“The talent and dedication of Schering-Plough scientists has helped to build an outstanding clinical development pipeline,” Kim said. “Schering-Plough’s considerable biologics expertise will complement Merck’s novel proprietary biologics platform and aligns with our commitment to build a powerful biologics presence. The Schering-Plough and Merck pipelines are remarkably complementary and will greatly increase our ability to deliver important new medicines to patients.”
Merck & Co. announces merger with Schering-Plough Corp.
Weeks after Pfizer announced that it would acquire Wyeth, another large drug maker has announced major acquisition plans.
Merck & Co. announced Monday that it would buy Kenilworth, N.J.-based Schering-Plough Corp. for $41.1 billion, or $23.61 per share. The combined company will use the Merck name.
The companies said the deal would boost their research and development pipelines, bringing the total number of drug candidates in phase 3 testing to 18. It also would create an expanded product portfolio, particularly in such therapeutic areas as cardiovascular disease, respiratory diseases, cancer, neuroscience, infectious diseases, immunology and women’s health. In addition, Merck will acquire Schering-Plough’s extensive OTC division.
Despite the expanded pipelines and portfolio, however, the pipeline overlap is minimal; both companies have similar IGF-1R monoclonal antibodies for colorectal cancer in their pipelines, which could require the new company to divest one of them.
“[It’s] remarkable, but it’s probably the only case where we have pipeline overlap, which lead to a decision probably as to what we are going to do in terms of prioritization,” Merck Research Laboratories president and EVP Peter Kim said in a conference call with investors and analysts. “And given the size of these two pipelines and the degree of complementarity, it’s really quite remarkable that there is only really that one case where I think we are going to have to make a decision.”
The boosted pipeline, product portfolio and OTC division could give the Merck a leg up as big drug makers face increasing generic competition. The drug maker is already one of the world’s largest, with $17.6 billion in sales and more than 121 million prescriptions in 2007, according to IMS Health data.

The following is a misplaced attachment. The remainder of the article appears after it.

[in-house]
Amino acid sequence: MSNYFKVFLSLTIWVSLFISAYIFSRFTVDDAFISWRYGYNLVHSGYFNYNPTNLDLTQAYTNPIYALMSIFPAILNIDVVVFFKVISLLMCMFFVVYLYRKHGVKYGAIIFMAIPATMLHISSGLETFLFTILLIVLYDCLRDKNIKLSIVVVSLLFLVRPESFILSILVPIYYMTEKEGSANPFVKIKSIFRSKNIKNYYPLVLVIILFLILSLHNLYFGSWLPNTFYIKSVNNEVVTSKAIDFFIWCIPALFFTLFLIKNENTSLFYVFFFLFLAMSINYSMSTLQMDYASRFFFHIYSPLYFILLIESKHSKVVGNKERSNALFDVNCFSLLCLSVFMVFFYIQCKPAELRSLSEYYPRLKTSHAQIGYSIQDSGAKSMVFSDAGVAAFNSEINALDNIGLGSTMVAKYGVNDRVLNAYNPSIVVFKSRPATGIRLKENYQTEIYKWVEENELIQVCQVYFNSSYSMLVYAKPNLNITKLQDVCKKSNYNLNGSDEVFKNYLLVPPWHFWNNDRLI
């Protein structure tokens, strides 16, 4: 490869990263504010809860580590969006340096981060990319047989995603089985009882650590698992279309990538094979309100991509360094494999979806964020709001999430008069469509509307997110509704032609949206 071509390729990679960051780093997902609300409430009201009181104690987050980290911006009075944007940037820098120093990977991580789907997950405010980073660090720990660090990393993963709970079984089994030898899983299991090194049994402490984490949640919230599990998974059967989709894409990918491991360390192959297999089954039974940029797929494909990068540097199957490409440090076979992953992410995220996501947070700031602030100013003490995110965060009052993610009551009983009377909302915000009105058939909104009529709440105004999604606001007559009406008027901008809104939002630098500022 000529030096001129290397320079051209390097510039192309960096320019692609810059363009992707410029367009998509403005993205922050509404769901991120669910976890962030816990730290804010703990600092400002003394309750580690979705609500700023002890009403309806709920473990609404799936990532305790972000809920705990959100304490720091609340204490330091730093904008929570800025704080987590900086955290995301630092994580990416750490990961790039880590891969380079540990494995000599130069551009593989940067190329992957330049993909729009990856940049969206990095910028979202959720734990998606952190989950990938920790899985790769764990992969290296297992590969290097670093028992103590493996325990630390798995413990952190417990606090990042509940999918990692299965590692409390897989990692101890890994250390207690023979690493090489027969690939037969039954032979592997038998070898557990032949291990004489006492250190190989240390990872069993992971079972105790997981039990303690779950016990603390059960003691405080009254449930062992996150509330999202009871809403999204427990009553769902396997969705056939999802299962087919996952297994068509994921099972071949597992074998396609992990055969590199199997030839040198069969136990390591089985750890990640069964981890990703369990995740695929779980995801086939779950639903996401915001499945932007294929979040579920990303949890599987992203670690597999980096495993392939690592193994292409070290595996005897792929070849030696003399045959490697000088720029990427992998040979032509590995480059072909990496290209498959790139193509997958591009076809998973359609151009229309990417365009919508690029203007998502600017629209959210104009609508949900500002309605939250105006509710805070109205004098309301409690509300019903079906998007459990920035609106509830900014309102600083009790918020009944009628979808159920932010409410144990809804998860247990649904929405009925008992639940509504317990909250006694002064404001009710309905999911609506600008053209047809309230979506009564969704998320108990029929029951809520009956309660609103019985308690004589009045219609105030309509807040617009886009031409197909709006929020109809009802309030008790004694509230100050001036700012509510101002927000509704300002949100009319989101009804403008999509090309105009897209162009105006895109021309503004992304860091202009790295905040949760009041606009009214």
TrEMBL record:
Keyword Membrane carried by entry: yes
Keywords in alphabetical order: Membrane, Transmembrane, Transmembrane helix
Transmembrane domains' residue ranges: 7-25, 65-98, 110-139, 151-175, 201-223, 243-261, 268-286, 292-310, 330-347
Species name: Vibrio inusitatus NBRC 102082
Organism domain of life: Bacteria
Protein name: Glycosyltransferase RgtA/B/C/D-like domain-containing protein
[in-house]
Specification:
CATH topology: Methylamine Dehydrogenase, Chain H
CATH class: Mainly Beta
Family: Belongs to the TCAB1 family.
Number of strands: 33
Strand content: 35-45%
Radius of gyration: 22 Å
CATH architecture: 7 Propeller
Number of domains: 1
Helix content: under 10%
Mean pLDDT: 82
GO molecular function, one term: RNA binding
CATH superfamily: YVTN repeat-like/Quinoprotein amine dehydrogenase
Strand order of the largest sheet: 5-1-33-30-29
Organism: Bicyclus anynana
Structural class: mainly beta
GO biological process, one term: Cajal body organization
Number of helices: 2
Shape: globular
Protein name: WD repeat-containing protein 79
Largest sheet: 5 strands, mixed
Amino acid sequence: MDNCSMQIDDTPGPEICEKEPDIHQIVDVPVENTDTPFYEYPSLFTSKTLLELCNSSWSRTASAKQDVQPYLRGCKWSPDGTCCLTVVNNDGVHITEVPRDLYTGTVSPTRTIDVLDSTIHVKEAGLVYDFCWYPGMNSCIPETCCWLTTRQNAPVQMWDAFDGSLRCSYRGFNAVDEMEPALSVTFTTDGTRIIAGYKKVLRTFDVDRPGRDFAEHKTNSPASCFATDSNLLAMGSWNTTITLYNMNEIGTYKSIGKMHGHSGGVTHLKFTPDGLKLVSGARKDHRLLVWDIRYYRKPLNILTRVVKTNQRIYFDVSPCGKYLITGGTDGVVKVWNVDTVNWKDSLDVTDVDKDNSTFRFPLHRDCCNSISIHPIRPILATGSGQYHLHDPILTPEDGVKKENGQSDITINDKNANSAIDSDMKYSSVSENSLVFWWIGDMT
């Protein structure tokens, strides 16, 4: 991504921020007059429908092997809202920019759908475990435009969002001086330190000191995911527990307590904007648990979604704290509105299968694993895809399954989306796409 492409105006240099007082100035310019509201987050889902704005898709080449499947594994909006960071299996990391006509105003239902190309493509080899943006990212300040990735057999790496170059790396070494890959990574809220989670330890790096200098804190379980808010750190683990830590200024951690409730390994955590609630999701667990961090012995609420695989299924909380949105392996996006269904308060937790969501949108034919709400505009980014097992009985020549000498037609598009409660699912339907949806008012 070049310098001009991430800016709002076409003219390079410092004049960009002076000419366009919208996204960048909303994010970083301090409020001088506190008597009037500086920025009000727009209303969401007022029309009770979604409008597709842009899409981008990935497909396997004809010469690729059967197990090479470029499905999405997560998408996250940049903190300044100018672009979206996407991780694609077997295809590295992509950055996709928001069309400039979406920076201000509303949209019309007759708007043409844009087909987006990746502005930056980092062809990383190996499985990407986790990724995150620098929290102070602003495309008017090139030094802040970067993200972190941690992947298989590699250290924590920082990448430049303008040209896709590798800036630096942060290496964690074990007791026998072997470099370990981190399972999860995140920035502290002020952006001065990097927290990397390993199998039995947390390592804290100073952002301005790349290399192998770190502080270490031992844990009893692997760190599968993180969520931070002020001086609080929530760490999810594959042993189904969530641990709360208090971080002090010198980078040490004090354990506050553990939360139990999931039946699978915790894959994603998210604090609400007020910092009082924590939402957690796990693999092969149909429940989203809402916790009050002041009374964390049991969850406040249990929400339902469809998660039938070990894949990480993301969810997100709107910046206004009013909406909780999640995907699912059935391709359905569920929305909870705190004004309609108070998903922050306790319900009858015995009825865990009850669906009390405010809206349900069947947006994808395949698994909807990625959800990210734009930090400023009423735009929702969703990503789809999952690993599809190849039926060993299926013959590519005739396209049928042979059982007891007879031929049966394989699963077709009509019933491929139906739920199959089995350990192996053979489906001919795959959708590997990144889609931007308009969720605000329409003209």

Vytorin (ezetimibe and simvastatin), which both companies developed, had global sales of $4.6 billion last year, according to Merck financial data, but it has faced challenges, as the Food and Drug Administration warned last August that it had received reports of potentially fatal muscle damage in patients using simvastatin and the arrhythmia drug amiodarone, the active ingredient in Wyeth’s Cordarone and Upsher-Smith’s Pacerone. In December, the Wall Street Journal reported that Steven Nissen, a cardiovascular medicine specialist at the Cleveland Clinic and then-candidate for the post of FDA commissioner, had harmed Merck’s sales by calling the safety of Vytorin into question. And in January, an FDA review of a study comparing Vytorin to Merck’s Zocor (simvastatin) found no significant difference between the thickness of the walls in carotid arteries – an indication of the risk of cardiovascular disease – between patients taking Zocor and those taking Vytorin, though the Vytorin patients had lower LDL, or “bad” cholesterol.
One major reason for Pfizer’s acquisition of Wyeth was Wyeth’s strong OTC portfolio; Pfizer had sold its OTC division to Johnson & Johnson, which has since benefited, particularly as consumers tend to disproportionately use OTC products in a tough economy. Schering-Plough’s OTC division could similarly benefit Merck, with its high-selling products such as the Claritin (loratadine) line of antihistamines and the Miralax (polyethylene glycol) line of laxatives.
Since 2000, Merck has made three attempts to switch the anti-cholesterol drug Mevacor (lovastatin) to an OTC product, though this has run into resistance from the FDA, the most recent attempt occurring in 2007; the FDA issued a nonapprovable letter to Merck concerning the switch in January 2008 after an advisory committee voted against it. The committee cited a study indicating that while 98% of consumers appropriately chose not to take the medicine, only 16% of those who did used it appropriately, Drug Store News reported at the time.